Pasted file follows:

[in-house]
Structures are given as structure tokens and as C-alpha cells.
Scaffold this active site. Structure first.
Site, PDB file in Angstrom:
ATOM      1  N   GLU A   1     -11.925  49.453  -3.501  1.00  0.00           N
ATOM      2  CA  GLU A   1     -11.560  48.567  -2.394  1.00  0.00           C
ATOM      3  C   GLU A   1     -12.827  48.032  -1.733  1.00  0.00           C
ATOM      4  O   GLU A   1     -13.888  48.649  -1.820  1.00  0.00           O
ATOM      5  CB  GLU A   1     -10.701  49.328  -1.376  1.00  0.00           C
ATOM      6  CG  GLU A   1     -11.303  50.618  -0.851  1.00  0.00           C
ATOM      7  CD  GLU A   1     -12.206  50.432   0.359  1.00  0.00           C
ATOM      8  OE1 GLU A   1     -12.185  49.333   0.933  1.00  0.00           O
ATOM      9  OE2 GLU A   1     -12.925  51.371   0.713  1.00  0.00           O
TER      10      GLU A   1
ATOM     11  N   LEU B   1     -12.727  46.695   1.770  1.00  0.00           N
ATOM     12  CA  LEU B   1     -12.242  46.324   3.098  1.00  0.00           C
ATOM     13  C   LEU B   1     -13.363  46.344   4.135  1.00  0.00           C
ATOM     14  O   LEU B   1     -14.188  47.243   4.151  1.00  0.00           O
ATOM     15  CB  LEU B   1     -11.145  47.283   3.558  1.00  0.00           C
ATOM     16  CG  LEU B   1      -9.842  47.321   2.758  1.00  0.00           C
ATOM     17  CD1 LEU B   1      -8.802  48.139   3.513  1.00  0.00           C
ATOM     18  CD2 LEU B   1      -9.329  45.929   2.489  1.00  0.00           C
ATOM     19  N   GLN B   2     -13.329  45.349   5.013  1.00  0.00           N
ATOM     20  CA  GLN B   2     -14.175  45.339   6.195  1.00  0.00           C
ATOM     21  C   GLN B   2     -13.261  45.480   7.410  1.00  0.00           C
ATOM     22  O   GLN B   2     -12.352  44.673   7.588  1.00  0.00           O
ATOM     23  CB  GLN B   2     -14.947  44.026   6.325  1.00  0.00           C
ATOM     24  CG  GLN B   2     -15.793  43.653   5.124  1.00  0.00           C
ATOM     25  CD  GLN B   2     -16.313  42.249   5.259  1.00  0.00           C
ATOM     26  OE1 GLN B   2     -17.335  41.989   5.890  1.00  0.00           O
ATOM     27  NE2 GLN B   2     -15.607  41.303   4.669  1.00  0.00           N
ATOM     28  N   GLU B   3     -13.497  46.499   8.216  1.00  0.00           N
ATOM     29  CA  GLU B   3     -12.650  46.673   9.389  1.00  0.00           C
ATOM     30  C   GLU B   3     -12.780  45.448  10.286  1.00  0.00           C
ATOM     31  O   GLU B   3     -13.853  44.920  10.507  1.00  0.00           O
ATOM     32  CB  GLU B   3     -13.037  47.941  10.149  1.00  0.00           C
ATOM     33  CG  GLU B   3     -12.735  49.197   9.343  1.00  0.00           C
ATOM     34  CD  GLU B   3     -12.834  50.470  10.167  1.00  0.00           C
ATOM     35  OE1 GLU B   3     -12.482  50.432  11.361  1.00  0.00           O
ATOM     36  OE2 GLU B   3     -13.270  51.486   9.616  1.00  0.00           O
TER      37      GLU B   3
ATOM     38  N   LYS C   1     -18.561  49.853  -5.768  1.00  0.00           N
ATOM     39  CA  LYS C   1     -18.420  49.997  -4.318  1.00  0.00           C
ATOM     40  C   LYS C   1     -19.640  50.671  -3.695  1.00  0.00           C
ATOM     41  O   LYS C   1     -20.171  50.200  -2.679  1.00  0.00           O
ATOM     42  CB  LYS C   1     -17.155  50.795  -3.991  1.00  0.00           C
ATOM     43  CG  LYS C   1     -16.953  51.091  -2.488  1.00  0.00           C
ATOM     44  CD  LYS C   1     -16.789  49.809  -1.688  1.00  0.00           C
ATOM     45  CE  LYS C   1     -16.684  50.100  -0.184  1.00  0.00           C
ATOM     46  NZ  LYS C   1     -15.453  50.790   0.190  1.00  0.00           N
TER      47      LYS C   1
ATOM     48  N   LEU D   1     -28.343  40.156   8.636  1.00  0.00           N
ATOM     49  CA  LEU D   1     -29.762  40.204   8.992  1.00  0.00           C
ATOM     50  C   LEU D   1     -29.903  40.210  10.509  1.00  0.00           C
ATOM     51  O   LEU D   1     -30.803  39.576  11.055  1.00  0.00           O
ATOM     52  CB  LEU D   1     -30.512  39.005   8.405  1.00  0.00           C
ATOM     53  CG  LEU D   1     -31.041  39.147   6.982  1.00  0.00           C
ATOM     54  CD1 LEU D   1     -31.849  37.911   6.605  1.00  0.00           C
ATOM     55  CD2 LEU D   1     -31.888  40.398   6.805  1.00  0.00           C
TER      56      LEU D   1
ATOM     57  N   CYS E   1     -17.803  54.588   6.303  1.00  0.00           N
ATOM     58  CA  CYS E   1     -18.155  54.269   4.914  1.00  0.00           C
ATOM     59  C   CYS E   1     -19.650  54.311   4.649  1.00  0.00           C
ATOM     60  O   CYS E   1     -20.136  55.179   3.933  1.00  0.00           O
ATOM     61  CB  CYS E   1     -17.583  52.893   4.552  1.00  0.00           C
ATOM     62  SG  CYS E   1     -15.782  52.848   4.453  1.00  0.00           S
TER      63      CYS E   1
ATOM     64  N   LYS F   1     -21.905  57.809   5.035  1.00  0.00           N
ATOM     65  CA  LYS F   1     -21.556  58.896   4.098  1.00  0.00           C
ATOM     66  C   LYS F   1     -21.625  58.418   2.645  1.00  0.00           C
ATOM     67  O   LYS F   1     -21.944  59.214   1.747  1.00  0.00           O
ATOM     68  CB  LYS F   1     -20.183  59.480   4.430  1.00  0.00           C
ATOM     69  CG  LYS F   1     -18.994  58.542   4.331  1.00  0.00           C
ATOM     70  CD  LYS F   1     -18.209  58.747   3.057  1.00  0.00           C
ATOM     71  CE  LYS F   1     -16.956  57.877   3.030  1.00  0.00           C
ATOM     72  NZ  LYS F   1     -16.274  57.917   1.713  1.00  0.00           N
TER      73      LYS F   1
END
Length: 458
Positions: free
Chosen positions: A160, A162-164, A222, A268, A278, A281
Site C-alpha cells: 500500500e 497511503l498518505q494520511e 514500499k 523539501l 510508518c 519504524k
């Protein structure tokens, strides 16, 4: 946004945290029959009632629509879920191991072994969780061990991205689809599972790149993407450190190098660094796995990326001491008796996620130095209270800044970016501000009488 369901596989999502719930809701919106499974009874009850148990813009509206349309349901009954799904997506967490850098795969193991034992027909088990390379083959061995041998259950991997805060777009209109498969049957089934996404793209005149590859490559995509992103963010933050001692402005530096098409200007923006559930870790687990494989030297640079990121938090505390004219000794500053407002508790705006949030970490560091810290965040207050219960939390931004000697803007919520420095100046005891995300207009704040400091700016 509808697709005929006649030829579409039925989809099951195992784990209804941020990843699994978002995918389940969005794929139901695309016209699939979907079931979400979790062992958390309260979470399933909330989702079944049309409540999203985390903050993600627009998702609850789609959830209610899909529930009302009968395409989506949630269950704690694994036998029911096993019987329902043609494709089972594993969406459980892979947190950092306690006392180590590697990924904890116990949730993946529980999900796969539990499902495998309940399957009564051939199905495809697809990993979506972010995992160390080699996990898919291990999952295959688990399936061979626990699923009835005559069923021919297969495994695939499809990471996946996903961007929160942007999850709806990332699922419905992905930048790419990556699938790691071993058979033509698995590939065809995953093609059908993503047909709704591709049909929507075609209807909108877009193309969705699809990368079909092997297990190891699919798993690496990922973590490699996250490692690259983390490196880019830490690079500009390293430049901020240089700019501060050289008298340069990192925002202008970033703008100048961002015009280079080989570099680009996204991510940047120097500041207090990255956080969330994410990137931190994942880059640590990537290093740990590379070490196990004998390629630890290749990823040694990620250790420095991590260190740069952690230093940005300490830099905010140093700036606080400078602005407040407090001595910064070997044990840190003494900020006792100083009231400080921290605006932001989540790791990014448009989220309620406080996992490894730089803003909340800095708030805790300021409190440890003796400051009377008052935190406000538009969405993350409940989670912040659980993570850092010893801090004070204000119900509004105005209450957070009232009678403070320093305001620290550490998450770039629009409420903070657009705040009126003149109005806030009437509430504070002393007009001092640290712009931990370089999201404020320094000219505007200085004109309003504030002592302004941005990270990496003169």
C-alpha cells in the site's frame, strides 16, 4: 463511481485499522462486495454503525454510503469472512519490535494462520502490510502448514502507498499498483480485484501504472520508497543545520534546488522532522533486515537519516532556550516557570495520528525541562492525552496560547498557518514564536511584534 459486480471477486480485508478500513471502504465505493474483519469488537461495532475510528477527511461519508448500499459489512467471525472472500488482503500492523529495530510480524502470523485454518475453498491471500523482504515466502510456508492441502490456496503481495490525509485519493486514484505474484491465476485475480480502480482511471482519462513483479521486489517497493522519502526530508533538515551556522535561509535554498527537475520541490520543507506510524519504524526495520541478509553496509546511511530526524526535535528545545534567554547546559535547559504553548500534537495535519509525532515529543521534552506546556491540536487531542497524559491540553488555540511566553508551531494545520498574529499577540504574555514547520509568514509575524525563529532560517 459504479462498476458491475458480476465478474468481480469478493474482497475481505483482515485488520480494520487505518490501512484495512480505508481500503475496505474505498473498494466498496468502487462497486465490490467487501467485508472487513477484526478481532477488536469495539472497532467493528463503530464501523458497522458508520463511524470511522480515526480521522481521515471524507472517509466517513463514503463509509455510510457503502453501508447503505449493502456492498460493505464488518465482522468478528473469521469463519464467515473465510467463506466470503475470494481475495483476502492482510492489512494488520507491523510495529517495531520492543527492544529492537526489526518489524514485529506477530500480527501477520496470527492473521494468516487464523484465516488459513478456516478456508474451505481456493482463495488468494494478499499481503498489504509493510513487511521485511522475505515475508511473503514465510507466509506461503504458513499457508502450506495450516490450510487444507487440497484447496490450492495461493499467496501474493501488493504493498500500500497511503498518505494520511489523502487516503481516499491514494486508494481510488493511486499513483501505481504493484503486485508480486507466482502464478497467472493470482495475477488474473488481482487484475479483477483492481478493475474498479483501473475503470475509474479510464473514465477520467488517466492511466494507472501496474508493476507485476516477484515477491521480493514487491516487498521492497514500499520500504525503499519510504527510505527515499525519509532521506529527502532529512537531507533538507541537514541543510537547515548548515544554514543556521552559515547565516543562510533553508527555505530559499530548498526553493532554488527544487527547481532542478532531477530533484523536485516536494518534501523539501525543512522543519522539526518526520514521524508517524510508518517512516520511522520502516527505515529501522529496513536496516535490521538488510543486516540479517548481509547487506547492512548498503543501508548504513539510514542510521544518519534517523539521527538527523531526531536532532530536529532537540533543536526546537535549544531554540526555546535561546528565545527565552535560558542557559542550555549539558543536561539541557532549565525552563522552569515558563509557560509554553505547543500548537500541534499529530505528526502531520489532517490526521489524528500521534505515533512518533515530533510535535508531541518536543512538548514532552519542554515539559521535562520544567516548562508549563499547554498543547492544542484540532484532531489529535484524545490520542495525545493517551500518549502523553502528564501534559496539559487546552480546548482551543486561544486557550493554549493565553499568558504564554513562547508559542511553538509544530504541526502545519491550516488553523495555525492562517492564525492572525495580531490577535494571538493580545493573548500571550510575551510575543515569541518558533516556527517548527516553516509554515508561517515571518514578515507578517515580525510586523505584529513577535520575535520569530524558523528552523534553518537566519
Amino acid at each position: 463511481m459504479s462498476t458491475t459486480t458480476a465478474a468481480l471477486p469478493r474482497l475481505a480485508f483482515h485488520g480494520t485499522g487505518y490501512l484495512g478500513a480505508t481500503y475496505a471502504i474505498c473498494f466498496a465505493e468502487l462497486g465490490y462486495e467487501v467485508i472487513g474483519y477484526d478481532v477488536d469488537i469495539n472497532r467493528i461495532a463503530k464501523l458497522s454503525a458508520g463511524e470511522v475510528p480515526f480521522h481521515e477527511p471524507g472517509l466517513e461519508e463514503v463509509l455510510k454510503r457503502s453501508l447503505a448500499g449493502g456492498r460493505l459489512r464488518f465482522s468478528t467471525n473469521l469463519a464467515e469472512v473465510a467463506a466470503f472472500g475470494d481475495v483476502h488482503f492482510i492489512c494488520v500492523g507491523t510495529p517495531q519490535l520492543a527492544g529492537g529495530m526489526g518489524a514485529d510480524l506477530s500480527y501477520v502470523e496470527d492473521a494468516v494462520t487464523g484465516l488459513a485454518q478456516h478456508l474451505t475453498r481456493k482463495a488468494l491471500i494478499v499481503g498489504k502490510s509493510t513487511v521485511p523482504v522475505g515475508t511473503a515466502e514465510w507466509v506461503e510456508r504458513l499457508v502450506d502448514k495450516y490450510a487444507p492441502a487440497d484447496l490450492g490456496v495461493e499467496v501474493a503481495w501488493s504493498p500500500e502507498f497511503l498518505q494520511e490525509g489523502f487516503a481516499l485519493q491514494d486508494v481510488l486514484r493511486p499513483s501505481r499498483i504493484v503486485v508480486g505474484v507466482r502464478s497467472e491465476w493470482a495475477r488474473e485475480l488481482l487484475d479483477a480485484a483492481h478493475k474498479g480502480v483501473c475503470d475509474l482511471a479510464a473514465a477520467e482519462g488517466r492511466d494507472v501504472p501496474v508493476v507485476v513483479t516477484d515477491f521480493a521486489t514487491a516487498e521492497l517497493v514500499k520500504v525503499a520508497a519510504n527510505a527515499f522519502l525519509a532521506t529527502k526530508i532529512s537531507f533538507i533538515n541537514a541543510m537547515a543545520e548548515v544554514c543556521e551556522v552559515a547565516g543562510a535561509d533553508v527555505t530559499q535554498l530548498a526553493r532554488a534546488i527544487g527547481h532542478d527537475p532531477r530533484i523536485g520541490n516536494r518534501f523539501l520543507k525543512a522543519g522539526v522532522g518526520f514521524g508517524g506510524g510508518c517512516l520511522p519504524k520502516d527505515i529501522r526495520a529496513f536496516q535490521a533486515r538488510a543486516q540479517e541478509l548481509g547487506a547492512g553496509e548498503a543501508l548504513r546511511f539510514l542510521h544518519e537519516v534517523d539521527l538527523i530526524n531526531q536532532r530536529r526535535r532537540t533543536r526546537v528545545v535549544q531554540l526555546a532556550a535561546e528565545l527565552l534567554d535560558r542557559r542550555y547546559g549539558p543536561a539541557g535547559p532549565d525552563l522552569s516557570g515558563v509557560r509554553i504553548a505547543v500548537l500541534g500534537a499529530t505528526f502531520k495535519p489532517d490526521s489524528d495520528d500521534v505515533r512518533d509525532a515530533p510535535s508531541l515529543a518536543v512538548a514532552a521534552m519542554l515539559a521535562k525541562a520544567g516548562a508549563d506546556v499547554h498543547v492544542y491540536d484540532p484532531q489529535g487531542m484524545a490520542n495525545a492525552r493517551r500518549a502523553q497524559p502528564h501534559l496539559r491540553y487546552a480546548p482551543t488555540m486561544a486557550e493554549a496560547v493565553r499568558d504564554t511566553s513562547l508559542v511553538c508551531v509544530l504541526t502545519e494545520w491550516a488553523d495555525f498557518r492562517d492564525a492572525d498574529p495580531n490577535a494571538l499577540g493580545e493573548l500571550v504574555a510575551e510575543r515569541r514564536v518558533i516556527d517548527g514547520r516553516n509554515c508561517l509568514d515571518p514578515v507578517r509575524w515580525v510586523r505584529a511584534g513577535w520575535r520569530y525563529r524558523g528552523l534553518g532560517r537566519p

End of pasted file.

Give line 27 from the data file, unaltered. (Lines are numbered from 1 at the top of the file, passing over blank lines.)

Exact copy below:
ATOM     23  CB  GLN B   2     -14.947  44.026   6.325  1.00  0.00           C